Saturday, September 22, 2018


You may not be able to watch the games or understand the sport, but you can partake in a game called Scorigami, aka NFL Bingo!

From the doobly-doo:

"Scorigami is the art of achieving a final score in an NFL game that has never happened before. It is a term made up by Jon Bois, a concept perfected by Pete Carroll, and a goal that may not be completed before the heat death of the universe."

This is the enthusiastic and natty sports documentarian and storyteller Jon Bois, who is far better at his craft than should be reasonably allowed. 


And here's your own Scorigami board! Complete through Week 2 of the 2018 NFL season. The rest is up to you!

Monday, September 10, 2018

Reading these few posts, you might think I've got some hangup about stealing a young woman's virtue. Not so! In fact, I've put off writing these scenes as long as I could because they're as distasteful as they are necessary. It makes me ill to write them - literally turns my stomach over.

But they're in the book because the characters are showing me what happened.

Fear not: Unlike Nesta's first assailant, Odo, this fellow gets what's coming to him.

I couldn't find anything relevant that wasn't completely inappropriate, so here is a photograph of a woman walking on a road much like the one the soldiers and monks were using.

Sosthène, Ph'lippe, Médée, Almire, Ludovi and Tancrède were less encumbered than the soldiers, but also were they not as fit as men who trained for war like these. In any case, Apollo reached his highest when the troupe had trod about two leagues. They stopped to find relief behind the hedgerows. Nesta then directed all the men to leave the road and find their markings down the hill and out of sight of her. She needed them to take some time so she could also find relief, and disappeared she up the hill a bit behind the upclimbed hedge upon t’other side.

Once the sound of all the men trailed off to barely earshot distance there, she felt relaxed enough to find relief. But then, just then, some rustling within the bush behind her, near the road.

Her bantam rooster, made he Kekalek as warning bell, but nary-naught.

“Who’s there? Speak up when you are spoken to!” Nesta heard declench within her own refrain. She sounded scared and scared she might remain.

She turned about as quiet as she could and peered about. Nothing out of place appeared throughout. She breathed, and took a moment to get dressed again, wherethen a man beset upon her! Grabbed her by the ‘vices on her armor’s collar! Dashed her down upon the road! She found herself be dazed and gasping then, with riding trousers, down, and hampering her movementure.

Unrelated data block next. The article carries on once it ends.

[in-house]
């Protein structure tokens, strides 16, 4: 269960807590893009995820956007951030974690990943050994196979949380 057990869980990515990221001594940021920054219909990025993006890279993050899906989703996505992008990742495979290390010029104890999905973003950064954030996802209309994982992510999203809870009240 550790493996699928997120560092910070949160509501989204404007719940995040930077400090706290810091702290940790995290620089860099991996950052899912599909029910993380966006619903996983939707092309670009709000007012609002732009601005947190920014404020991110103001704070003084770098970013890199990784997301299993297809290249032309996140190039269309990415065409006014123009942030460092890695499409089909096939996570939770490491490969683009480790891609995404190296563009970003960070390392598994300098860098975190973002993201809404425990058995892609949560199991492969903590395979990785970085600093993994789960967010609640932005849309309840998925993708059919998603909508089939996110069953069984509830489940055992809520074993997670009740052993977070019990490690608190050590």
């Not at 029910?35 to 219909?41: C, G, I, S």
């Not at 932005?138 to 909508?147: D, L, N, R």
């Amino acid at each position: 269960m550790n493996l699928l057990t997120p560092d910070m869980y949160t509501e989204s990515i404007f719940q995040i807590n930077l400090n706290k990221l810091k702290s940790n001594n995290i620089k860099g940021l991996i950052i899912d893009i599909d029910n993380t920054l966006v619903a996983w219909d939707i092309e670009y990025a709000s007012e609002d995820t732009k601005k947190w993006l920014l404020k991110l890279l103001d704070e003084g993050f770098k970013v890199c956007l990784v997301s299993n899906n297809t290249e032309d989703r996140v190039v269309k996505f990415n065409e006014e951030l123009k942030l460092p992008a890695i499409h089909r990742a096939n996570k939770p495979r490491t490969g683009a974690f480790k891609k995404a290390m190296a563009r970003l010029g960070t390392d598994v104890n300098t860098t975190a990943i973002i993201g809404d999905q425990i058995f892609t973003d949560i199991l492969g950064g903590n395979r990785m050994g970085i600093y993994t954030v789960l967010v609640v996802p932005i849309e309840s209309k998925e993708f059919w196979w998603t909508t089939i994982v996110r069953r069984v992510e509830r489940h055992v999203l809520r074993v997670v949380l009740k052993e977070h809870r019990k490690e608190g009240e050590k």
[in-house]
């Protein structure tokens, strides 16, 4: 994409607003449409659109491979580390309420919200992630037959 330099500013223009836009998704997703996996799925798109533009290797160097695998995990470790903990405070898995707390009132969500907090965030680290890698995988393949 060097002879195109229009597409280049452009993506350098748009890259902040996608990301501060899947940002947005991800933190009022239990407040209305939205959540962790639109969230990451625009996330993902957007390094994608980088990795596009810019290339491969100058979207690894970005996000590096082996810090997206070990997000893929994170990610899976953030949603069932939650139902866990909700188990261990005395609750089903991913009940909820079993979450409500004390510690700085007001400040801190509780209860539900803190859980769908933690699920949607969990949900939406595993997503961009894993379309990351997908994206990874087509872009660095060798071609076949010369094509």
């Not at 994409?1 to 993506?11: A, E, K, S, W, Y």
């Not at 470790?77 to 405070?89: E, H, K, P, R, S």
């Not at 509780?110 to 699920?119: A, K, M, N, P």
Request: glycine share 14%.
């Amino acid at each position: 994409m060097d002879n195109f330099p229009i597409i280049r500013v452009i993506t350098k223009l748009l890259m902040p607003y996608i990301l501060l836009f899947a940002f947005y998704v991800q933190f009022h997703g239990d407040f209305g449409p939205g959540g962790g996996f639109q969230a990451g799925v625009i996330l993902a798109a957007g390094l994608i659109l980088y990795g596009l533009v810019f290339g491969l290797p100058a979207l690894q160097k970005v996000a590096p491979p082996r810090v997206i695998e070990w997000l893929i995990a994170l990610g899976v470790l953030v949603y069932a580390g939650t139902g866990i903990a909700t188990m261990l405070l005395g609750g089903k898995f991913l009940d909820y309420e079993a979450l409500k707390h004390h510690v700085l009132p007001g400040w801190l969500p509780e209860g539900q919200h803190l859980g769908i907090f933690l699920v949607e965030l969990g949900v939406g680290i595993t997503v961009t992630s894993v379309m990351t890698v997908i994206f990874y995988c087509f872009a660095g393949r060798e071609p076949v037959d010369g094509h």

She saw the man in full now: one of William’s men! A man who was her charge here in the bloody march to Alençon! And by the looks of him a Saxon born – a mercenary from a dark and foreign land!

Nesta found she had no voice to call out to the rest of them. The Saxon then removed his belt. She clawed about upon the ground. Her breath had still deserted her. She could not find a stone or hand of dirt to throw.

And then, deliberately, he did approach.

She found the strength to stand, and as she did, she emptied out the scabbard on her cheville gauche with all the subtle grace that she could manage.

At that last moment, right before he lunged at her, she saw that spirit of the Lord had fled his eye, and in its place was something quite demonic. He was not himself, this Saxon man – or, perhaps, he truly was himself about this moment.

Just as he came to vice her shoulders, dash her to the ground again and take her virtue from her, Nesta fell back from him to the ground deliberately. He tripped atop of her, and fell he on her dagger, stuck between his ribs! Her pretty dagger split his maille and bit within his ghastly, stinking flesh!

And then she saw within his eyes the shock and fear of death that all men feel when then their casement tastes of steel. Again was Nesta bled upon by men with passion turned to harm. He struggled, then he did, and so she turned the blade a bit. He gasped and cried! And then, another man came up the hill and grabbed the Saxon and pulled the villain off of her!

It was one the monks – the youngish one with blondish hair. The one named Guytonnet.